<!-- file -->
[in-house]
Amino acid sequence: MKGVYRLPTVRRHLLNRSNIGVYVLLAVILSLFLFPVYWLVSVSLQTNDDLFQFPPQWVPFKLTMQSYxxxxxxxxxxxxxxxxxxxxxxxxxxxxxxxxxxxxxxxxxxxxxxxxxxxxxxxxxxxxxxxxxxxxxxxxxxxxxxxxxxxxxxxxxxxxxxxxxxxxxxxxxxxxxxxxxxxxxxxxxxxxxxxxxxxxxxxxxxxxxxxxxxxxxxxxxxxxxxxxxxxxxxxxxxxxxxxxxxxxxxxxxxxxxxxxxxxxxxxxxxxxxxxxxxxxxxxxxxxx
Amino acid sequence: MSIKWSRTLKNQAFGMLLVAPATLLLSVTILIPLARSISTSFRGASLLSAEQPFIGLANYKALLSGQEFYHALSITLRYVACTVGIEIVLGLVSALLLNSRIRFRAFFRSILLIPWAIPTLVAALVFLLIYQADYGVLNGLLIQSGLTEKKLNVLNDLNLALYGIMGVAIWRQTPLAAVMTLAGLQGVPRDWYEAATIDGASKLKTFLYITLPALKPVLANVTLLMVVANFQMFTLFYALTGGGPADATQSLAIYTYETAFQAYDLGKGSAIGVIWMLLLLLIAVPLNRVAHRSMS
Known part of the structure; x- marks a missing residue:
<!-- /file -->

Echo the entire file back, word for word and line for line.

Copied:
[in-house]
Amino acid sequence: MKGVYRLPTVRRHLLNRSNIGVYVLLAVILSLFLFPVYWLVSVSLQTNDDLFQFPPQWVPFKLTMQSYxxxxxxxxxxxxxxxxxxxxxxxxxxxxxxxxxxxxxxxxxxxxxxxxxxxxxxxxxxxxxxxxxxxxxxxxxxxxxxxxxxxxxxxxxxxxxxxxxxxxxxxxxxxxxxxxxxxxxxxxxxxxxxxxxxxxxxxxxxxxxxxxxxxxxxxxxxxxxxxxxxxxxxxxxxxxxxxxxxxxxxxxxxxxxxxxxxxxxxxxxxxxxxxxxxxxxxxxxxxx
Amino acid sequence: MSIKWSRTLKNQAFGMLLVAPATLLLSVTILIPLARSISTSFRGASLLSAEQPFIGLANYKALLSGQEFYHALSITLRYVACTVGIEIVLGLVSALLLNSRIRFRAFFRSILLIPWAIPTLVAALVFLLIYQADYGVLNGLLIQSGLTEKKLNVLNDLNLALYGIMGVAIWRQTPLAAVMTLAGLQGVPRDWYEAATIDGASKLKTFLYITLPALKPVLANVTLLMVVANFQMFTLFYALTGGGPADATQSLAIYTYETAFQAYDLGKGSAIGVIWMLLLLLIAVPLNRVAHRSMS
Known part of the structure; x- marks a missing residue: